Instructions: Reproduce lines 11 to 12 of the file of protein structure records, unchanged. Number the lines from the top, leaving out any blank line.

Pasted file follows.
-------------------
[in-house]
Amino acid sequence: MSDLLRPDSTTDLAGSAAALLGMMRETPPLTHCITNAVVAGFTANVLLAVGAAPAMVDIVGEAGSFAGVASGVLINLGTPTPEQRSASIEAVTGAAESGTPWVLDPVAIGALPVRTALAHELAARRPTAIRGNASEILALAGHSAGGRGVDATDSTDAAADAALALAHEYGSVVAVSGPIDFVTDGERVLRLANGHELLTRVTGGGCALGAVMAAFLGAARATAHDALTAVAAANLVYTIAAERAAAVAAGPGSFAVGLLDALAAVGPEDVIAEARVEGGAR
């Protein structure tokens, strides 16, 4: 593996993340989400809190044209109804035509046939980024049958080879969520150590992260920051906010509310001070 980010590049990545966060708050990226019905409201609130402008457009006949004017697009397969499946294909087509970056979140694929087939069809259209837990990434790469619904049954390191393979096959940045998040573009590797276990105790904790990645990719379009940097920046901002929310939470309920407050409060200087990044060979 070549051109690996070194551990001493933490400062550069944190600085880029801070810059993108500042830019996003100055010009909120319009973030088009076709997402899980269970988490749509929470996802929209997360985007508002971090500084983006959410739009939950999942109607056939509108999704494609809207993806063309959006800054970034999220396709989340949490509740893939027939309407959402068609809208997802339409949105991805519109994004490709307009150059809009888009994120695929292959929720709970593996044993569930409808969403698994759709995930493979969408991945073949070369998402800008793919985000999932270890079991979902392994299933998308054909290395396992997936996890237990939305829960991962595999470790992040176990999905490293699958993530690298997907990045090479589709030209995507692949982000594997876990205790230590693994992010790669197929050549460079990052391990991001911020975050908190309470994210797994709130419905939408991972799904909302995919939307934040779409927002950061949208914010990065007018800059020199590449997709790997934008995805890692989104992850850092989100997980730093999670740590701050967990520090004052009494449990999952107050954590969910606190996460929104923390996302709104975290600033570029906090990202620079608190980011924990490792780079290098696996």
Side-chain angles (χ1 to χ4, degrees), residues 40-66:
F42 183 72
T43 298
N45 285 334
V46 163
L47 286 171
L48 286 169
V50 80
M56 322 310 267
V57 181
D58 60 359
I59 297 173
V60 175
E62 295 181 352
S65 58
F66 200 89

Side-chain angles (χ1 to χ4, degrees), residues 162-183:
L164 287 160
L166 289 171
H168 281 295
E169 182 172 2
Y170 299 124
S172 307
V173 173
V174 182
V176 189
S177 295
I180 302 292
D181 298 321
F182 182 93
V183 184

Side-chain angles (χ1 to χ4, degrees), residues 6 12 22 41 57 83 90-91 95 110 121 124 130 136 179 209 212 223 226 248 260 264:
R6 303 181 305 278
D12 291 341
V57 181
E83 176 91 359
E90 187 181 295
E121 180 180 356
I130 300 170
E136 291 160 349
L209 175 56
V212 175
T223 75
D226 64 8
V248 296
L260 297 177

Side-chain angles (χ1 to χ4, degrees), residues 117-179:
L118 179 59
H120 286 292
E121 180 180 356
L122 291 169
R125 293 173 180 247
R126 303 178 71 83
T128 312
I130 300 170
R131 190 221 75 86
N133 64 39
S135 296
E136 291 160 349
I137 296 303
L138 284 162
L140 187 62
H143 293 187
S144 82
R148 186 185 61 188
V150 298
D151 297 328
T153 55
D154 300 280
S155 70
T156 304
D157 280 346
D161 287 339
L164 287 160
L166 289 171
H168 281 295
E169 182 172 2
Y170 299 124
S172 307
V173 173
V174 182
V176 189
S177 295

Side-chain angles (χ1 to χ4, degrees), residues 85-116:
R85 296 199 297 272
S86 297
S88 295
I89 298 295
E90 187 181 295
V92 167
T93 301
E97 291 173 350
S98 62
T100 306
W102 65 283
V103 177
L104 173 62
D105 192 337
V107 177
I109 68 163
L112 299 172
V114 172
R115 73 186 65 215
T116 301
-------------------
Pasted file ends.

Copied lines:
V50 80
M56 322 310 267